## Derivative of sinx

### The derivative of the sine function (sin(x)) can be found using basic differentiation rules

The derivative of the sine function (sin(x)) can be found using basic differentiation rules.

Let’s use the definition of the derivative:

f'(x) = lim(h->0) [f(x + h) – f(x)] / h

Applying this to the sine function:

f(x) = sin(x)

f(x + h) = sin(x + h)

Using the angle addition identity for sine:

sin(x + h) = sin(x)cos(h) + cos(x)sin(h)

Now, substitute these into the definition of the derivative:

f'(x) = lim(h->0) [(sin(x)cos(h) + cos(x)sin(h)) – sin(x)] / h

Simplifying:

f'(x) = lim(h->0) [sin(x)cos(h) + cos(x)sin(h) – sin(x)] / h

Now, let’s collect the terms with h:

f'(x) = lim(h->0) [sin(x)cos(h) + cos(x)sin(h) – sin(x)] / h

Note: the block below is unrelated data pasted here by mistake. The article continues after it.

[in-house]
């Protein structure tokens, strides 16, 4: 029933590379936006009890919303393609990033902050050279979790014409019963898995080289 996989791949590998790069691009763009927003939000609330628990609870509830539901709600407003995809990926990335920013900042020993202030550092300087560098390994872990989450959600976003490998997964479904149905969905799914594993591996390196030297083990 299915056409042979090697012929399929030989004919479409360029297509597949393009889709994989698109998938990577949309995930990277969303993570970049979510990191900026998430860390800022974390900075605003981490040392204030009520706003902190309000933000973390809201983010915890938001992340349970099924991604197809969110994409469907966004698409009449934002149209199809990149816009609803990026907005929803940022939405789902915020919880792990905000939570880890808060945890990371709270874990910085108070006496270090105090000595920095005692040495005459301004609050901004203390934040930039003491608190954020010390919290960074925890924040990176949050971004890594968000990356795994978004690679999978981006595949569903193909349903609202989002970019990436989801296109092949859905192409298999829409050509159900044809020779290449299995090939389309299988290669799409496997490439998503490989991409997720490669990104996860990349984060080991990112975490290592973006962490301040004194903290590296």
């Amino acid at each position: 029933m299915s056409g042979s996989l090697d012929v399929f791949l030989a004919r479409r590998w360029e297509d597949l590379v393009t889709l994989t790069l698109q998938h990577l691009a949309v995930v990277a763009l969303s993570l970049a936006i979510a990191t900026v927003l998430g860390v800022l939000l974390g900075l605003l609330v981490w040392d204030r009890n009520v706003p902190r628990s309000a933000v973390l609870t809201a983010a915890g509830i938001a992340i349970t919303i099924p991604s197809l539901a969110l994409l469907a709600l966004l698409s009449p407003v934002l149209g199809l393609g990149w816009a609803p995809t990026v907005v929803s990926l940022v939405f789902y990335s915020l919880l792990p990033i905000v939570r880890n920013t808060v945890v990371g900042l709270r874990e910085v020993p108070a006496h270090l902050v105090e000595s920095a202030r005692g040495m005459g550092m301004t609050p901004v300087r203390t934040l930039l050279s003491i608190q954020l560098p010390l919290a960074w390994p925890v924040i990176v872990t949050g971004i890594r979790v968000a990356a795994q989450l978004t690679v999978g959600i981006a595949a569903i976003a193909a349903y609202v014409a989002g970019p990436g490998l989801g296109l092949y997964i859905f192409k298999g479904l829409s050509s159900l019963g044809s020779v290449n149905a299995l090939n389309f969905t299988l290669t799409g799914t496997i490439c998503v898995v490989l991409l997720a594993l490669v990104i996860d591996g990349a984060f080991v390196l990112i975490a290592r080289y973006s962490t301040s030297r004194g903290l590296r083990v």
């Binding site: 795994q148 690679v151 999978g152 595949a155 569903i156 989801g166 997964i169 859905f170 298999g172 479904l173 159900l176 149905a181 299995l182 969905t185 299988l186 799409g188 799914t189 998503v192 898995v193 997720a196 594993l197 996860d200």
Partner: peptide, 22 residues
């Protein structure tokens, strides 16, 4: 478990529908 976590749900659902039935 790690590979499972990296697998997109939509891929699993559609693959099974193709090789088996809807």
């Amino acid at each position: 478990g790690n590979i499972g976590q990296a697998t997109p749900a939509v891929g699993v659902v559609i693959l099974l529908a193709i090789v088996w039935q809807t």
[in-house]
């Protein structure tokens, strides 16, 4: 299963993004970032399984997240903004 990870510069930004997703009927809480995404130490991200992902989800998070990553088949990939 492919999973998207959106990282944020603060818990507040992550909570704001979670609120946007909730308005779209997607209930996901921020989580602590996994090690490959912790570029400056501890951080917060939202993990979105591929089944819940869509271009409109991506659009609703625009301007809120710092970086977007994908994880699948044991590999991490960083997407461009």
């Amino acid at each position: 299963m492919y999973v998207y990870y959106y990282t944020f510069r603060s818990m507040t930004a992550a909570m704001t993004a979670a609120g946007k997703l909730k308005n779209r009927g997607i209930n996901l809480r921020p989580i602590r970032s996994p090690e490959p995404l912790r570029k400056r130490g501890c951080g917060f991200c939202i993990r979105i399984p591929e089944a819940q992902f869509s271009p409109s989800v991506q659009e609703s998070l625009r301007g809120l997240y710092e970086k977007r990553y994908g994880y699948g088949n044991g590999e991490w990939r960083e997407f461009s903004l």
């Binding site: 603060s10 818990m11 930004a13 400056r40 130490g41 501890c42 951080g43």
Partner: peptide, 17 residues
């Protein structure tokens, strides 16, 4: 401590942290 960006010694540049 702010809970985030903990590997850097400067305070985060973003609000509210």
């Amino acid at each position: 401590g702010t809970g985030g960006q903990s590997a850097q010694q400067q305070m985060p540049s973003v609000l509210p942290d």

= lim(h->0) [sin(x)cos(h)/h + cos(x)sin(h)/h – sin(x)/h]

As h approaches zero, sin(h)/h approaches 1 (this can be rigorously proved using limits).

Therefore, we have:

f'(x) = lim(h->0) [sin(x)cos(h)/h + cos(x)sin(h)/h – sin(x)/h]

= sin(x)lim(h->0) [cos(h)/h] + cos(x)lim(h->0) [sin(h)/h] – lim(h->0) [sin(x)/h]

= sin(x)(0) + cos(x)(1) – (0)

= cos(x)

So, the derivative of sin(x) with respect to x is cos(x).

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